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Proceedings Paper

Ocean Color Measurements Utilizing A Noon Orbit For Earth Resources Satellite Applications
Author(s): R. Bruce Gerding; Keith R. Jenkin
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Paper Abstract

In the future, spacecraft dedicated to earth resources will carry an ocean color sensor as part of their payloads. It will be used to measure the spectral nature of upwelling scattered sunlight from beneath the sea surface at many spatial points across a swath. The spectral signatures of many oceanographic phenomena (e.g. chlorophyll content) are well known, allowing the data user to map their types and concentrations over the global ocean. Recent studies have been conducted which suggest that there may be advantages in placing the spacecraft in a near polar orbit such that the earth-sun line lies in the orbit plane (i. e. , a "noon" orbit) as opposed to a morning or afternoon orbit in which the sun is to one side of the orbit plane. For example, employing a noon orbit increases the coverage by a factor of two (i.e. a specific geographical location will be overflown twice as often). This paper discusses the noon orbit and its ramifications, including scene contrast, and glitter interference.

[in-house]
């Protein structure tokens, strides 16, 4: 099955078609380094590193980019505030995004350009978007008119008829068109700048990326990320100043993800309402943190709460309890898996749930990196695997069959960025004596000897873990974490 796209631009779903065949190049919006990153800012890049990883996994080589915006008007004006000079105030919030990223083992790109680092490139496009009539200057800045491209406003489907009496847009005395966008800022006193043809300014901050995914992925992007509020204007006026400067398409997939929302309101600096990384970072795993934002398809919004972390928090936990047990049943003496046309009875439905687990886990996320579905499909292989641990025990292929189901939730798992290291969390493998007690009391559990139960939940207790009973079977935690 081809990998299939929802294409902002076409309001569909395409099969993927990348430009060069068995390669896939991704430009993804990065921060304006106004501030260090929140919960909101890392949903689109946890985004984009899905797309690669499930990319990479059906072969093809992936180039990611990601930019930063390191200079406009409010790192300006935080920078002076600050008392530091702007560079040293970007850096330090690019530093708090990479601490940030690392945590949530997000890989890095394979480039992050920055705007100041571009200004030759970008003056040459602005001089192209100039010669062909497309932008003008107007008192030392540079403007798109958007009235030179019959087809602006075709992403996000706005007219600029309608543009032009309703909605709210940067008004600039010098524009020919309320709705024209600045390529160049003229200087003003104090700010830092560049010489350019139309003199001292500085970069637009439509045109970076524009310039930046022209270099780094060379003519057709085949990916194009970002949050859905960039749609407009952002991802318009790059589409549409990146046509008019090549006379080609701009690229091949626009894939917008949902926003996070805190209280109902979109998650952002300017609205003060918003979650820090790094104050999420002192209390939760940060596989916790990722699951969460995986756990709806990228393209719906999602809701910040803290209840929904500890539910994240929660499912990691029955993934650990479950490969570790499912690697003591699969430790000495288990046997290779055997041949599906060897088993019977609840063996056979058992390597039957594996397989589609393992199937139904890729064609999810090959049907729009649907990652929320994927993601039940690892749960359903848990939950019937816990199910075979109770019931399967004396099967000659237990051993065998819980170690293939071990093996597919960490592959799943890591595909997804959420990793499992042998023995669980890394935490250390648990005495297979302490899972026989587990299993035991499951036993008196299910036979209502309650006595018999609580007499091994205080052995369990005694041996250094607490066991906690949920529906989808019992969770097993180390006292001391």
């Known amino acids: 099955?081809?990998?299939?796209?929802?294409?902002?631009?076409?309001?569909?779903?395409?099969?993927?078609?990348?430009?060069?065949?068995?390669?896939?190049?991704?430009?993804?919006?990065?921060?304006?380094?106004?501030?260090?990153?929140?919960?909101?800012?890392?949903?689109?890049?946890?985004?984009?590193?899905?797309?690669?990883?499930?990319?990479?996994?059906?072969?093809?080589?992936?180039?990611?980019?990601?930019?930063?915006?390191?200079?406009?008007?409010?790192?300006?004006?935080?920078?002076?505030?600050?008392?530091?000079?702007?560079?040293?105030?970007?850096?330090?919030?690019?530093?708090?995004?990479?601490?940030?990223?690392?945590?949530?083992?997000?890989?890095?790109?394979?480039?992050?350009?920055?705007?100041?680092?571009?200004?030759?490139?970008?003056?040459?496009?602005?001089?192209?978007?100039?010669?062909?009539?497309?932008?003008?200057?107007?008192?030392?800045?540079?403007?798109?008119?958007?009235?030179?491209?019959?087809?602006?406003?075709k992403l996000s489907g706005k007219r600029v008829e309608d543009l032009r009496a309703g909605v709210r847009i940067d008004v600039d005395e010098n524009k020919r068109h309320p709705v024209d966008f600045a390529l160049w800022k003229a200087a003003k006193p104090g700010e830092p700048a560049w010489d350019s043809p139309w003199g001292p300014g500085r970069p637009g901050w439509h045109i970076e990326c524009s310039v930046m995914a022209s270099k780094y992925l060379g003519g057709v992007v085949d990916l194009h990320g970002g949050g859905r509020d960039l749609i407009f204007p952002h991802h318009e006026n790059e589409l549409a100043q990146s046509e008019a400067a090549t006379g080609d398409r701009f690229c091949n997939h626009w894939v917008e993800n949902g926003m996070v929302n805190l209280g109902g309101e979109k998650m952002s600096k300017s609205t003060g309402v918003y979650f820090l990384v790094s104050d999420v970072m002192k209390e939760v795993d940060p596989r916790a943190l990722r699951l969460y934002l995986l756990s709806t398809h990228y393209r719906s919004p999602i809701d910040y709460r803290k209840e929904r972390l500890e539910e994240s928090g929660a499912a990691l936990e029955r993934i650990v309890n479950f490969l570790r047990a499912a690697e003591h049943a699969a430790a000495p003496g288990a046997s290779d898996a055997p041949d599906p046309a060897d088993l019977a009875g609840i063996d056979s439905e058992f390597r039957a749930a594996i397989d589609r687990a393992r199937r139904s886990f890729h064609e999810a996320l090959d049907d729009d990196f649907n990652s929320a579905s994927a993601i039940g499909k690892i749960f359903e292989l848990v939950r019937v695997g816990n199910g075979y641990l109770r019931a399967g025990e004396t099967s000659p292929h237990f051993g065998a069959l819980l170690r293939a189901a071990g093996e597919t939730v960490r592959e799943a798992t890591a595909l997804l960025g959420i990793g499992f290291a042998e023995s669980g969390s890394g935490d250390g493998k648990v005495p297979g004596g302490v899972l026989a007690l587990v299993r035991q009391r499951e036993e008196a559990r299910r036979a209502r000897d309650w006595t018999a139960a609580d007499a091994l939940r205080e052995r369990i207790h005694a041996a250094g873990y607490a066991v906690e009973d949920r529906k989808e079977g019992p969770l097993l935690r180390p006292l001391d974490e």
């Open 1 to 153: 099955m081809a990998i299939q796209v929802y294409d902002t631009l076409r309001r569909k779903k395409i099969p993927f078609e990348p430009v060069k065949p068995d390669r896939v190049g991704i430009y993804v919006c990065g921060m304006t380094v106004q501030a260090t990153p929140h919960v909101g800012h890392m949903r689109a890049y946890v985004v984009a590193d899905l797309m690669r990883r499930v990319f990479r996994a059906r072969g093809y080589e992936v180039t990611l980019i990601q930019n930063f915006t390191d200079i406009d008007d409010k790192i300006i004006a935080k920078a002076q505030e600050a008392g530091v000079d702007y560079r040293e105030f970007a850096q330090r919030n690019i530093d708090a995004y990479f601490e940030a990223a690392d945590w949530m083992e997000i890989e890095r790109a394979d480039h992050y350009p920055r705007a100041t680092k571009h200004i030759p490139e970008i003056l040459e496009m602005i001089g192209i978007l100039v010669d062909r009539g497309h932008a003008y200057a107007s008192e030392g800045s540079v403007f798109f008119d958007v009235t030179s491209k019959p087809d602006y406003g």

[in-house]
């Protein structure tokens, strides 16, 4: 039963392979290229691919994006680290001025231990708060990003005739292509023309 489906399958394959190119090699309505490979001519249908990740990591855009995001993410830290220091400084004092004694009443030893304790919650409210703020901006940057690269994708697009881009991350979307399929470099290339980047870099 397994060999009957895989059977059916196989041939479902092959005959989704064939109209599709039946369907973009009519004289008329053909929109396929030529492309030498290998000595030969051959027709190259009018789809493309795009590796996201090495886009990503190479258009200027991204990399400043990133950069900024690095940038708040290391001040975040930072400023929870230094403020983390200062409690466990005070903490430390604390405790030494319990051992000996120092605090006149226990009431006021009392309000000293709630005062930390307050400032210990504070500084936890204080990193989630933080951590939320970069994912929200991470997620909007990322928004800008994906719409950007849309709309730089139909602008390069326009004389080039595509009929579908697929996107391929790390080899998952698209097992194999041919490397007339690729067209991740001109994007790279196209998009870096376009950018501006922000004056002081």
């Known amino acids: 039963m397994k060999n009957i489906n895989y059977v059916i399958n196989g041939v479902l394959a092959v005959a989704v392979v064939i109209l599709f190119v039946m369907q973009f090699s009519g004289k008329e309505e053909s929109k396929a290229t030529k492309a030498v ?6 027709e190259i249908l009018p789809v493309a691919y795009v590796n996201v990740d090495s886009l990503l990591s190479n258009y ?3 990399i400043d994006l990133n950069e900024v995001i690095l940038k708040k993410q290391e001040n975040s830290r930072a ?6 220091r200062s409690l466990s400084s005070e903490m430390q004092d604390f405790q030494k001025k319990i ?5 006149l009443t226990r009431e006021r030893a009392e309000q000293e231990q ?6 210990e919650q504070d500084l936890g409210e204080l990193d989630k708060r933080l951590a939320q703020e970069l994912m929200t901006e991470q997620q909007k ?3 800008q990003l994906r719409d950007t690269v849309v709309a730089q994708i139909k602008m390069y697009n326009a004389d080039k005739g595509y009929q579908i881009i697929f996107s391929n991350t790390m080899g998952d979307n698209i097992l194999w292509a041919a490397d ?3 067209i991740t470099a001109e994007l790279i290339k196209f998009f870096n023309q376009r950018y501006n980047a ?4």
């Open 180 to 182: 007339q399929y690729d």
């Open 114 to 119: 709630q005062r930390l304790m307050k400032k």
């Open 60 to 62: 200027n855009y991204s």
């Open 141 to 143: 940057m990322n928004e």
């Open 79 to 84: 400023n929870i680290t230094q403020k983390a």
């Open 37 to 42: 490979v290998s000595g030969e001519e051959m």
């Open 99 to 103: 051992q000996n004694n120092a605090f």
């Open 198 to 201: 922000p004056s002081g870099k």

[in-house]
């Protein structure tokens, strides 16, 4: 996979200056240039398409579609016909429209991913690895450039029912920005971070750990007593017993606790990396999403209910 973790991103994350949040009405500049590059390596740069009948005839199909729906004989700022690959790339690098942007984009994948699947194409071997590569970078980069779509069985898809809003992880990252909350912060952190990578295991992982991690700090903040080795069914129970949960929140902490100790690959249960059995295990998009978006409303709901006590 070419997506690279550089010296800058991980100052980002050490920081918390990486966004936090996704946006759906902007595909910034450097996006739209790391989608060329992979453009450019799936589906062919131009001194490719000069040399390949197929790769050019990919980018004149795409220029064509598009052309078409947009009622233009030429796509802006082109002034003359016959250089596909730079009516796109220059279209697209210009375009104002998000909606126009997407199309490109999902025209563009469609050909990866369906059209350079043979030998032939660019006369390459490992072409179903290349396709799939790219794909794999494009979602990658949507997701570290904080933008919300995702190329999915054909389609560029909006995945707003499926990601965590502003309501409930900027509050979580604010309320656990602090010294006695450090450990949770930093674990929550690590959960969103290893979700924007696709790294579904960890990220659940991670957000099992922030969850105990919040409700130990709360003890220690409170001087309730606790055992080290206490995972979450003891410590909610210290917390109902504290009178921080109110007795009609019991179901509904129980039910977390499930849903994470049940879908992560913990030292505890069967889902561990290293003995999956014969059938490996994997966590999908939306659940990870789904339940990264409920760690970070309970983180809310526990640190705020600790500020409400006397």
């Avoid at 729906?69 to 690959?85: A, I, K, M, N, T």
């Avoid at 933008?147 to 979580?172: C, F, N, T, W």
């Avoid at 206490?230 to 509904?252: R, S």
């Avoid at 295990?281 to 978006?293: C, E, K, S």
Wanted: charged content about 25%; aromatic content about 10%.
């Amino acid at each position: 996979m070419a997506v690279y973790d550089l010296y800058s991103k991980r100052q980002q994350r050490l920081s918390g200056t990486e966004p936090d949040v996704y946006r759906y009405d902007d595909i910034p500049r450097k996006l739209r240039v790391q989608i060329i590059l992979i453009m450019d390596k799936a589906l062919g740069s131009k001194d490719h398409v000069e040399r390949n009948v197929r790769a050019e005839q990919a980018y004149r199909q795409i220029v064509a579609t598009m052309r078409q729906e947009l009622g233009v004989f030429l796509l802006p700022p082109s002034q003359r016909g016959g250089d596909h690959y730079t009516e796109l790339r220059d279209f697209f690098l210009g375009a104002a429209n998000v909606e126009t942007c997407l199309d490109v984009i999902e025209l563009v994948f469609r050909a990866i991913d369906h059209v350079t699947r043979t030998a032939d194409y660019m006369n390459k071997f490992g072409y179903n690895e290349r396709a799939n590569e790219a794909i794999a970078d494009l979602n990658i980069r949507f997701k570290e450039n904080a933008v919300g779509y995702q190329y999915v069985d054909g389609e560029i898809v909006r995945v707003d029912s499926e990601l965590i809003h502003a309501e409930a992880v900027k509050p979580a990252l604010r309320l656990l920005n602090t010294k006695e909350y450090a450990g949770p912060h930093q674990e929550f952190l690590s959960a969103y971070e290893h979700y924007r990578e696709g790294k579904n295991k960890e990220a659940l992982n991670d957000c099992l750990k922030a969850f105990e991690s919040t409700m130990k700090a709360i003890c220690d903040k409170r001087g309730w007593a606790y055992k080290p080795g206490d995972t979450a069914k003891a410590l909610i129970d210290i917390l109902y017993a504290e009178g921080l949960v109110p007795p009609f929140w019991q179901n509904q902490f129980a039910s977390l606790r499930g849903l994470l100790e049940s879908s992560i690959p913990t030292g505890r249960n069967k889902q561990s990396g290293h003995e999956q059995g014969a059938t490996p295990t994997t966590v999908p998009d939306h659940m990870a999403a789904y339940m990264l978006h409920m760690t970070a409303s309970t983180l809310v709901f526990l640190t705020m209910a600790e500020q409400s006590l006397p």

Paper Details

Date Published: 1 May 1972
PDF: 10 pages
Proc. SPIE 0027, Remote Sensing of Earth Resources and the Environment, (1 May 1972); doi: 10.1117/12.978135
Show Author Affiliations
R. Bruce Gerding, TRW Systems Group (United States)
Keith R. Jenkin, TRW Systems Group (United States)

Published in SPIE Proceedings Vol. 0027:
Remote Sensing of Earth Resources and the Environment
Yale H. Katz, Editor(s)

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